For patients and families, social media not only has provided opportunities for information gathering regarding specific disease states; in addition, many have found comfort in virtual communities with others who share their diagnoses and with whom they might share experiences and questions (27-29). Particularly astute medical and surgical groups have used these virtual communities to observe and better understand the information gaps and coping mechanisms present in their patient populations; these findings have then been used to further guide the social support aspect of patient care (30,31). Additionally, one study found that over 25% of patients in a surgical practice had used social media to aid in their surgeon selection (32).
For those in the medical community, social media—particularly Twitter—has served as a platform for continued and expanded dialogue beyond breakroom fodder and routine journal clubs. An exemplary example has been the success of the Thoracic Surgery Social Media Network (TSSMN) (33,34). This collaborative virtual group formed by the joint efforts of The Annals of Thoracic Surgery and The Journal of Thoracic and Cardiovascular Surgery has 18 delegates and collectively over 53,000 followers. The TSSMN has been successful in bringing together medical professionals and trainees at all levels across the world for networking and dissemination of topical journal articles in the field of cardiothoracic surgery via TweetChat-based journal clubs (35). Additionally, recent results from a randomized trial demonstrated significantly improved Altmetric scores, Mendeley reads, and Twitter impressions when articles were tweeted versus control (non-tweeted), suggesting that this academic dialogue is impactful and long-lasting (36).
Importantly, the benefits of this digital forum are not limited to opportunities for scholarly discourse among learners and experts in the field of cardiothoracic surgery. Social media has additionally provided a much needed vehicle for women to share experiences and provide support in novel ways. Various blogs, such as those through the Association of Women Surgeons or Women in Thoracic Surgery, attract a great deal of internet traffic, with topics spanning all things from professional to personal life (37). These postings often provide personal stories in a form that is more accessible and intimate that a formal meeting, while also offering the convenience of the ability to view at any time.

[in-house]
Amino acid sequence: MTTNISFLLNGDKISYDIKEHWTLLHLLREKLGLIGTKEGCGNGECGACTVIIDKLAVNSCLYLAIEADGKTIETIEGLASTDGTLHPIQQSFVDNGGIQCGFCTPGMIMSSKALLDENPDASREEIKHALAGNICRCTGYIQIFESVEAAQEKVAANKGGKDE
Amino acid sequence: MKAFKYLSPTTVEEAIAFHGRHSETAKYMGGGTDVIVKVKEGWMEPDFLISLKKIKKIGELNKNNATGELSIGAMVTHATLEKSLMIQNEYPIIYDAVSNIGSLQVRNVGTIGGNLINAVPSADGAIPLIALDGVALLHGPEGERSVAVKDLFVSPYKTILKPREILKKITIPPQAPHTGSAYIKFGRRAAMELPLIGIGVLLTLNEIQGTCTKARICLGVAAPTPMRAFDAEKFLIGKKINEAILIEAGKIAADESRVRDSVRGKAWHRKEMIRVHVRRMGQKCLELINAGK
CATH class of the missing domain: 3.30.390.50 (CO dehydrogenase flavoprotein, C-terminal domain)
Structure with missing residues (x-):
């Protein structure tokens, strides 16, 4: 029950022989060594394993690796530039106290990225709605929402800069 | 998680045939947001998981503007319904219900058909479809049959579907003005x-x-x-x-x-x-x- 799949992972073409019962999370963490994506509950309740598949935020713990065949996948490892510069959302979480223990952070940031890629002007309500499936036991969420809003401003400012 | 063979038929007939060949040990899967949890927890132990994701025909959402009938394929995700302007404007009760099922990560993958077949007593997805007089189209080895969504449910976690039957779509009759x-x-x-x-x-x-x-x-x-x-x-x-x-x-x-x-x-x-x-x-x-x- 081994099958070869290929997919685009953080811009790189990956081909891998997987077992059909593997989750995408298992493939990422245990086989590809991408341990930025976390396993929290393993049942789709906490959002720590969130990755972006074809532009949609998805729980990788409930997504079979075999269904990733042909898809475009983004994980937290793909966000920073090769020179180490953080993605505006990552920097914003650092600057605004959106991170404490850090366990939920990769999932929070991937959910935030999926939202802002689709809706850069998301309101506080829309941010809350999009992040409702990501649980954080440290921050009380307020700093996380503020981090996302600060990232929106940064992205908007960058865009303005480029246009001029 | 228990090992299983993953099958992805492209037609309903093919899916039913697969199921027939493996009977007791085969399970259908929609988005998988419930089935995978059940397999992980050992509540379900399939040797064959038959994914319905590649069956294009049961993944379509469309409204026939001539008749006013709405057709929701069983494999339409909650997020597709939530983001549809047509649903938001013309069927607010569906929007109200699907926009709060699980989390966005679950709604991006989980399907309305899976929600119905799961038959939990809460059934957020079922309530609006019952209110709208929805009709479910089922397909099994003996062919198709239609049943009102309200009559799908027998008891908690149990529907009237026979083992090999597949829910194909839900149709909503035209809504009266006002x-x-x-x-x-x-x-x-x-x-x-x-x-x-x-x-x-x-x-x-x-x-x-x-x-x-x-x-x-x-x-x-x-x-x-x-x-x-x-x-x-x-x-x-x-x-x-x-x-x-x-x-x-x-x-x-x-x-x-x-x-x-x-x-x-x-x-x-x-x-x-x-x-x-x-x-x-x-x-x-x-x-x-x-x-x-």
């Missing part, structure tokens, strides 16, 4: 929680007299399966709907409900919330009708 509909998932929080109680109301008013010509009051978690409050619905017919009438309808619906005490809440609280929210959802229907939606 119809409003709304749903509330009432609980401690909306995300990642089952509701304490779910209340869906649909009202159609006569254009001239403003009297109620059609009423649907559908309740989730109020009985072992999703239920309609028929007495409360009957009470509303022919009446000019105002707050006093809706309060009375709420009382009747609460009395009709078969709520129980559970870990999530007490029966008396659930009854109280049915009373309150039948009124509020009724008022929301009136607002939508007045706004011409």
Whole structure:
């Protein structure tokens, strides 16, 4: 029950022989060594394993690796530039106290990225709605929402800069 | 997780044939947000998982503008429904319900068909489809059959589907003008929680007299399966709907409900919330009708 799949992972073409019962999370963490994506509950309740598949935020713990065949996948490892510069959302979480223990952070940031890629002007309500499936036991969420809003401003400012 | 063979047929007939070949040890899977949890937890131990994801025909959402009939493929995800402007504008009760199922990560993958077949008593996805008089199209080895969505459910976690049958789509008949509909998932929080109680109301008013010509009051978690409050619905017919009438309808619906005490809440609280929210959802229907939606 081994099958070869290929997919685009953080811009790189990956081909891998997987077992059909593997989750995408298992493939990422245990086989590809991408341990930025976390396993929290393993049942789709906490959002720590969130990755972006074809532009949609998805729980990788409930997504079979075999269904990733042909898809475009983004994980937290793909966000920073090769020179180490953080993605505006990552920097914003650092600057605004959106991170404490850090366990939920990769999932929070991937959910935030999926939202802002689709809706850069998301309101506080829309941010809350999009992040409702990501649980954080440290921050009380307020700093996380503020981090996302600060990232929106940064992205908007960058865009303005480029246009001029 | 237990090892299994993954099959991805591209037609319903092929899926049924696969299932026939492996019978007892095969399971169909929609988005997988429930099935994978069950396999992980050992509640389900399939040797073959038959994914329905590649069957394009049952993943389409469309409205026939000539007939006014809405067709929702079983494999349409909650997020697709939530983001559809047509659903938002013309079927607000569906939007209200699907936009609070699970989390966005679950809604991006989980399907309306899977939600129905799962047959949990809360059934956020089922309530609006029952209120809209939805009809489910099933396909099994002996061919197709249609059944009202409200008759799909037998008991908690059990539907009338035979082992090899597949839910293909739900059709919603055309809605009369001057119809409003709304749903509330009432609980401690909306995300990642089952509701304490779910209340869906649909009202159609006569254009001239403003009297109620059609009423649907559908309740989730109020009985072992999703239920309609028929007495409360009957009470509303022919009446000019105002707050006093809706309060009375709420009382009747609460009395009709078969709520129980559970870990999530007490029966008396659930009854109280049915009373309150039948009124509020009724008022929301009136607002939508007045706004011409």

Social media has offered more avenues for honest and open dialogue, and it has further been a significant impetus in the changing face of surgery today. In a predominantly male-dominated field, in which aspiring young surgeons may not have access to female mentors, the notion that “You can’t be what you can’t see” again becomes germane. With many female students feeling discouraged by the lack of visibility (or simply lack entirely) of exemplarily female role models, movements such as #ILookLikeASurgeon have brought strong female faces and names to the forefront, offering trainees the opportunity to see themselves in such roles (20-22,38). This was followed by #NYerORCoverChallenge, the overwhelming response fueled by a cover of The New Yorker, in which the four faces of the surgical team looking down upon a patient were exclusively women (39). This social media movement brought women together across surgical fields, dissolving hierarchical relationships, in a communal excitement to change stereotypes and represent the amazing identity of women surgeons.
Social media for networking, mentorship, and sponsorship
The importance of mentorship in the training of the next generation of surgeons is widely recognized. Effective mentorship has been reported to be associated with stress reduction, greater job satisfaction, confidence, research productivity, and promotion (40). A study to appraise mentorship in cardiothoracic surgical training demonstrated that 84% of cardiothoracic surgery residents had mentors, with the majority of respondents citing mentorship as critical to their success and career choice (41).
While women represent approximately half of graduating medical students, they continue to remain a minority in the surgical specialties, comprising 38% of surgical residents and less than 20% of full-time surgical faculty (21). Furthermore, this gender gap is more pronounced in surgical subspecialties such as cardiothoracic surgery, where women comprise of approximately 3% of total American Board of Thoracic Surgery certified diplomats and less than 5% of practicing cardiothoracic surgeons (8). Women in surgery often cite a lack of mentorship as a significant obstacle to career selection, progression, and satisfaction in the specialty (21,42,43), while valuing same-sex mentors as role models who assist them in succeeding in personal and professional career paths (41,44).